Description of Theory: It is important to distinguish between the two types of Career Development Theories. There are Structural Theories and Developmental Theories. Structural Theories- focus on individual characteristics and occupational tasks,” (Career Development Theory and Process, n. D. ). Developmental Theories- “focus on human development across life span,” (Career Development Theory and Process, n. D. ). Donald Super was a Developmental Theorist. Developmental Theorists recognize that changes occur within oneself.
Career maturity, as Donald Super refers to his theory, is his main concept. Super believed that people are anything but static and personal change is continuous. Donald Supper’s Life Span/Life Space is comprehensive developmental model that attempts to account for the various important factors and influences on a person as they experience different various life stages and changing life roles Career Theory Overview Snapshot, (n. D. ). To Super, Vocational Development is the process of developing and implementing a self- concept (Career Theory Overview Snapshot, (n. D. ).
Career maturity only occurs as one becomes successful in there accomplishment of stage of Process, n. D. ). “Career patterns are determined by socioeconomic factors, mental and physical abilities, personal characteristics and the opportunities to which persons are exposed. People seek career distractions through work roles in which they can express themselves and implement and develop their self-concepts,” (Career Development Theory and Process, n. D. ). Super believed that people choose occupations that allow them to express their self-concepts (Career Theory Overview Snapshot, (n. . ). “One of Supper’s greatest contributions to career development has been his emphasis of the role self-concept development plays. Super recognized that the self-concept changes and develops throughout people’s lives as a result of experience. People successively refine their self-concept(s) over time and application o the world of work creates adaptation in their career choice,” (Career Development Theory, 2003). Super developed six life and career stage developments. Those stages are: 1. Crystallization stage- 14-18 years 2.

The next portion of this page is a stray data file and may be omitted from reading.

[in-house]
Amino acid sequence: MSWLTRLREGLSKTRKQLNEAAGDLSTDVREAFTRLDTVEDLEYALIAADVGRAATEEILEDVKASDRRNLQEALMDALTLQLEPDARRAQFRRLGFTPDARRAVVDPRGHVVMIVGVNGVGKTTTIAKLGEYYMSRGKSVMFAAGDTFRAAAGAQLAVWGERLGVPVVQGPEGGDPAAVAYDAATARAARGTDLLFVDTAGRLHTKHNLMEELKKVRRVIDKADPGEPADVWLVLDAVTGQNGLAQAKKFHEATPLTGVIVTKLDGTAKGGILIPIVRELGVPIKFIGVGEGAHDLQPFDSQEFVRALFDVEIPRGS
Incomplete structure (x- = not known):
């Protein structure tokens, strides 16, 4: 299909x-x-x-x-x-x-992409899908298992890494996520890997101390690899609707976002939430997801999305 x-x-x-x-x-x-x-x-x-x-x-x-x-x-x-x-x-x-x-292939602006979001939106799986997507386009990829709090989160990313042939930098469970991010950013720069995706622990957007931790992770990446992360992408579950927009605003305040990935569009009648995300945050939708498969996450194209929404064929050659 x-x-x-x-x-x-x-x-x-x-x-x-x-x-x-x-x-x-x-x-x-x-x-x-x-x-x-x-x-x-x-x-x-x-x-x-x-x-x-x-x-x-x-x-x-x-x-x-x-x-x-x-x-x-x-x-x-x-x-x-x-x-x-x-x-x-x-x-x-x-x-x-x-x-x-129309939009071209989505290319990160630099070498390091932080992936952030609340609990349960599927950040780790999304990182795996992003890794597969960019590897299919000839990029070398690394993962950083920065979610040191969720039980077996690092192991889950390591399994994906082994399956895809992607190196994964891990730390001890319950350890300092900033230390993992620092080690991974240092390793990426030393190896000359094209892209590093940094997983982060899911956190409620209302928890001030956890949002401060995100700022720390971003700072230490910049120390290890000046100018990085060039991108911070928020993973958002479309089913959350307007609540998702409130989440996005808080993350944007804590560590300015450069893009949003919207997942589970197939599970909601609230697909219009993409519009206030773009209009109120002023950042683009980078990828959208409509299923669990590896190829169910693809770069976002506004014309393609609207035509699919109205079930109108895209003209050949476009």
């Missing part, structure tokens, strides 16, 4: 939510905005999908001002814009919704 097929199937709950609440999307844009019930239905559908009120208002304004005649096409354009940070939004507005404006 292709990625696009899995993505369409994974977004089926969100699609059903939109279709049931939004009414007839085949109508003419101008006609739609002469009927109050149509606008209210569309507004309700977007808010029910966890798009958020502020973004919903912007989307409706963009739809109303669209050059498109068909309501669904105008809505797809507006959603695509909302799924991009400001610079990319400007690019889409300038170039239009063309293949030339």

Specification stage- 18-21 years 3. Implementation stage- 21-24 years 4. Stabilization stage- 24-35 years 5. Consolidation stage- 35 years 6. Readiness for retirement- 55 years (Career Development Theory, 2003). Next stage, the Specification stage, they move from tentative to a specific preference. In the Implementation stage, they complete training and enter employment. During the Stabilization stage, one confirms their choice through work experience. During the Consolidation stage, one would advance in career (Overview of Career Development Theories, n. D. ).
Career development is life-long and occurs throughout those five life stages. When making occupational decision, an individual is expressing his or her own understanding of themselves; his or her self- concept. Individuals seek satisfaction in ones work roles in which they are allowed to express self themselves and develop their own self-concept. The key to career choice ND occupational satisfaction is self-knowledge (Big Picture View of Career Development, n. D. ). Theory Measurements and Instrumentation: Donald Super created the C-DACCA- Career Development Assessment (Cassavas, 1995).